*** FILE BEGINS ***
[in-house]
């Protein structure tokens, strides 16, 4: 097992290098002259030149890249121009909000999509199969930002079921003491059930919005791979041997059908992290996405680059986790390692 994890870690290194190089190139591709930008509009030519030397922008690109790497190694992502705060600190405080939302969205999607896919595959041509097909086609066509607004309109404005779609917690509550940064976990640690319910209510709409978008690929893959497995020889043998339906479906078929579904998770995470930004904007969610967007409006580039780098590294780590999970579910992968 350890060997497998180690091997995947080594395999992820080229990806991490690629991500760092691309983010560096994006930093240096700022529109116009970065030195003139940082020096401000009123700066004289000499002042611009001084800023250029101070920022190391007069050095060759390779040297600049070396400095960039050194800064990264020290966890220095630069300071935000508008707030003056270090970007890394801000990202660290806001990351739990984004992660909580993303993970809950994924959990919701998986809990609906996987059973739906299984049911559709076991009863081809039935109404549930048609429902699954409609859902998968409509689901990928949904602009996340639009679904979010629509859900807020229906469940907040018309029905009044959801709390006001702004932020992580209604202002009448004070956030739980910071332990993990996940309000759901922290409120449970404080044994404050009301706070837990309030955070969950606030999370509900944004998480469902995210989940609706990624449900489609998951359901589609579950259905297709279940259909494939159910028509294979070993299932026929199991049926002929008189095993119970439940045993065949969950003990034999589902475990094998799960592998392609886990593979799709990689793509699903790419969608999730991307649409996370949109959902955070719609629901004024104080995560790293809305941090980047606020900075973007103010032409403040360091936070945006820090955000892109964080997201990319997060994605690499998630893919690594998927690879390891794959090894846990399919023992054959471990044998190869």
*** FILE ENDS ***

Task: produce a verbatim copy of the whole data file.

[in-house]
């Protein structure tokens, strides 16, 4: 097992290098002259030149890249121009909000999509199969930002079921003491059930919005791979041997059908992290996405680059986790390692 994890870690290194190089190139591709930008509009030519030397922008690109790497190694992502705060600190405080939302969205999607896919595959041509097909086609066509607004309109404005779609917690509550940064976990640690319910209510709409978008690929893959497995020889043998339906479906078929579904998770995470930004904007969610967007409006580039780098590294780590999970579910992968 350890060997497998180690091997995947080594395999992820080229990806991490690629991500760092691309983010560096994006930093240096700022529109116009970065030195003139940082020096401000009123700066004289000499002042611009001084800023250029101070920022190391007069050095060759390779040297600049070396400095960039050194800064990264020290966890220095630069300071935000508008707030003056270090970007890394801000990202660290806001990351739990984004992660909580993303993970809950994924959990919701998986809990609906996987059973739906299984049911559709076991009863081809039935109404549930048609429902699954409609859902998968409509689901990928949904602009996340639009679904979010629509859900807020229906469940907040018309029905009044959801709390006001702004932020992580209604202002009448004070956030739980910071332990993990996940309000759901922290409120449970404080044994404050009301706070837990309030955070969950606030999370509900944004998480469902995210989940609706990624449900489609998951359901589609579950259905297709279940259909494939159910028509294979070993299932026929199991049926002929008189095993119970439940045993065949969950003990034999589902475990094998799960592998392609886990593979799709990689793509699903790419969608999730991307649409996370949109959902955070719609629901004024104080995560790293809305941090980047606020900075973007103010032409403040360091936070945006820090955000892109964080997201990319997060994605690499998630893919690594998927690879390891794959090894846990399919023992054959471990044998190869």